Thursday 4 November 2010

Bonfire Night

Hallowe'en's now over. Well, here in the UK the trick-or-treaters have certainly been around for a while, but not as long as Bonfire Night (Guy Fawkes Night) on November 5th.

In theory Bonfire Night celebrates the foiling of the Gunpowder Plot in 1606, an attempt to blow up Parliament. The lightning of fires at this season of the year, when autumn changes to winter, is much older than that, though, and goes back to Celtic fire-festivals such as Samhain and the midwinter festival in Shetland, Up Helly Aa.

We have our own private, family bonfires on November 5th, or go to a larger, communal blaze. There are always fireworks, as there are for the Indian community who celebrate the Hindu festival of Diwali, which happens at roughly the same time of year (October 28th this year). Nervous pets need to be kept indoors for about a week before Nov 5th and a week after.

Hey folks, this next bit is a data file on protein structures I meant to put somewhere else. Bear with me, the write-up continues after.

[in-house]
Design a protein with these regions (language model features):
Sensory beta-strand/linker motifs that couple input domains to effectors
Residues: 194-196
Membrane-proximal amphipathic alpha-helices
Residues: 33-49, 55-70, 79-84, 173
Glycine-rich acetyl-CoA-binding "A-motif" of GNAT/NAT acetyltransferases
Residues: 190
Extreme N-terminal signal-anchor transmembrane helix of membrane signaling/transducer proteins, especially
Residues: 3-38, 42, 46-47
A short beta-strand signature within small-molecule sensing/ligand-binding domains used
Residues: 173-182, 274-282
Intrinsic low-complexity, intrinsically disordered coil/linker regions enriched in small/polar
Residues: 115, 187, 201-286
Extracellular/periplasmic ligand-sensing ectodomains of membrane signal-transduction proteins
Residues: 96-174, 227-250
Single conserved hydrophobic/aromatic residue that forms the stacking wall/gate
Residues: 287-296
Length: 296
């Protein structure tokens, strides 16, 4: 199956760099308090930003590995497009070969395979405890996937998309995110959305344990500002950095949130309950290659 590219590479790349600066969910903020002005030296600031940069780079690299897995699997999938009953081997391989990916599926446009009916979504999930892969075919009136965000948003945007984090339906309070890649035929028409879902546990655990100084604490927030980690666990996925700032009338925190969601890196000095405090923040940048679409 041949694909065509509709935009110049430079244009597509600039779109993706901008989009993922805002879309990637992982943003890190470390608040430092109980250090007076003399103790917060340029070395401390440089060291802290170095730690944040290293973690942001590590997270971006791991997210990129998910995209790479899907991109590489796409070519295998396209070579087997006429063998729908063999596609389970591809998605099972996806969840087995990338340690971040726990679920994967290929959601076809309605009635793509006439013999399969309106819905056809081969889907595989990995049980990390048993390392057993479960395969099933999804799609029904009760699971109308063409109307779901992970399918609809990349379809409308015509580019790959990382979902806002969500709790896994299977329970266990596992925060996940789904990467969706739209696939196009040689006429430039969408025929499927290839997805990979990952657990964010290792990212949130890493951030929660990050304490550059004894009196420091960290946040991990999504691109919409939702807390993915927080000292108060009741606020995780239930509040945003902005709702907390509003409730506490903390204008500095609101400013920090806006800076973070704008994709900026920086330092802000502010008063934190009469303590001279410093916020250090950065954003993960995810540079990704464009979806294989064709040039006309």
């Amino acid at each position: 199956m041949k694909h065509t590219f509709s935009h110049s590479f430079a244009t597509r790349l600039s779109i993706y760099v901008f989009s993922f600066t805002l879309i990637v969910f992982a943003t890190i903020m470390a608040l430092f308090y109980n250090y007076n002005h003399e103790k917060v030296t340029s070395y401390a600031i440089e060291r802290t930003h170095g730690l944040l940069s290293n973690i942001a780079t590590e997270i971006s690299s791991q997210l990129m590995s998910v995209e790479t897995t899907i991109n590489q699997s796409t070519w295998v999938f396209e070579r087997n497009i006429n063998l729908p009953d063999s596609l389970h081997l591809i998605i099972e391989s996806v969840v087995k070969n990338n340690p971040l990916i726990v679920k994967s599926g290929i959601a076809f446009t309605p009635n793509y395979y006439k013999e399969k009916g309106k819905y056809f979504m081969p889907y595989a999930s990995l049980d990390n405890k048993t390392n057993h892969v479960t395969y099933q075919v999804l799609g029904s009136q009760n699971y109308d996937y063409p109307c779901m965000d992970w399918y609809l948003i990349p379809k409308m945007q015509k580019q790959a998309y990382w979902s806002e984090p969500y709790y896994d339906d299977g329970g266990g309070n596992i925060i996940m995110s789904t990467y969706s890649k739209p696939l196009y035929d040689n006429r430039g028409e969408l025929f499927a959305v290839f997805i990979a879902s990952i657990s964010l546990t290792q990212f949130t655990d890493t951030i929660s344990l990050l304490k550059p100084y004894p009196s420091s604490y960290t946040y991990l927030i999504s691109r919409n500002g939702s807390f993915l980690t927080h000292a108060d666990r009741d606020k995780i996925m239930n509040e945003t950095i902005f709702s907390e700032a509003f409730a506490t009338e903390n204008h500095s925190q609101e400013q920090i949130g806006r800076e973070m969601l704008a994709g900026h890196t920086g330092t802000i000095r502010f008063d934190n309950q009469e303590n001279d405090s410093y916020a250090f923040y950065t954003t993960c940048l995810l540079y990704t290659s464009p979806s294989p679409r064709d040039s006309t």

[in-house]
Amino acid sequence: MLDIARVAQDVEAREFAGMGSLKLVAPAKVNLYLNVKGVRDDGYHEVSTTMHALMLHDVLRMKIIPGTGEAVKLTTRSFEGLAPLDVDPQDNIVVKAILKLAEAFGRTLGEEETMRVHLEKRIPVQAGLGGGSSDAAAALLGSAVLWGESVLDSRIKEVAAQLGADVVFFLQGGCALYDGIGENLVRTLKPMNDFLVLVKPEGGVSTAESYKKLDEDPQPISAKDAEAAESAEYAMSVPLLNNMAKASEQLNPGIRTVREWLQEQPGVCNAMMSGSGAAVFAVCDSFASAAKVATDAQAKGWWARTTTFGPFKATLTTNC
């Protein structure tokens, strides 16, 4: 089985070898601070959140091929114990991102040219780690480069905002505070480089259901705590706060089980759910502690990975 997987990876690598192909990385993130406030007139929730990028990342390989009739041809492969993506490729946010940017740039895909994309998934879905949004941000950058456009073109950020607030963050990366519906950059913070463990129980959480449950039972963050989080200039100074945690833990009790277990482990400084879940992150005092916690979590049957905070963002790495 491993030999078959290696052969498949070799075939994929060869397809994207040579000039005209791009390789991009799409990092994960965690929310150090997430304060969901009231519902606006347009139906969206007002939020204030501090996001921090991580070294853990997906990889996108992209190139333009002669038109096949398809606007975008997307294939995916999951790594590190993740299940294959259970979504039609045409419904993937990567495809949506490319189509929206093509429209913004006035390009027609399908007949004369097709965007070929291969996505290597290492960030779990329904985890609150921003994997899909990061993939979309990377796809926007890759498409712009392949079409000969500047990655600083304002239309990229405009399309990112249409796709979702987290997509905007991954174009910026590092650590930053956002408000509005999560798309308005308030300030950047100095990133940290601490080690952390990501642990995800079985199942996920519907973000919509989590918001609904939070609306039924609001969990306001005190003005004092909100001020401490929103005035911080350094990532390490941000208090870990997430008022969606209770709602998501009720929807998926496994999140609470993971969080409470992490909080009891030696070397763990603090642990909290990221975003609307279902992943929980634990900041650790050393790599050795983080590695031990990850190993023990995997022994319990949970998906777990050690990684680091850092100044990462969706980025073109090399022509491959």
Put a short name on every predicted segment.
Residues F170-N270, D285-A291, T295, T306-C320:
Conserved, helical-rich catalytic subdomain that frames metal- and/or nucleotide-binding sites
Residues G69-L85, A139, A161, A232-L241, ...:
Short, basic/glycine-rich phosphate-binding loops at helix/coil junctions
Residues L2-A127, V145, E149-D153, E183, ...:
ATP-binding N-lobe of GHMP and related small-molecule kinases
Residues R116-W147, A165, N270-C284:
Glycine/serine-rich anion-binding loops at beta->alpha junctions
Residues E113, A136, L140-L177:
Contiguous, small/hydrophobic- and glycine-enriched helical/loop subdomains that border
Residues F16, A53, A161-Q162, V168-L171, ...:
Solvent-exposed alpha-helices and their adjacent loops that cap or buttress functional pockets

Once the fire is lit, the little children love dancing about with sparklers. The older ones lounge about trying to look cool lighting rockets and pin-wheels and waiting for the arrival of the food: baked potatoes with butter, pie and 'mushy' (marrowfat) peas, parkin and bonfire toffee to follow. Here's a recipe for parkin. It's easy to make and a traditional Yorkshire favourite where I live.

(Photo by Ali Graney sourced from Flickr.)


1 comment:

Margaret West said...

Mmm it is a sad fact that bonfire night seems to be lacking in parts of the UK. In fact, a while ago the public wanted fireworks banned, except in organised displays. Which might not be bad thing. My children have grown up now so my husband and I forgo the expense. I still remember their faces when they held a sparkler - fabulous lol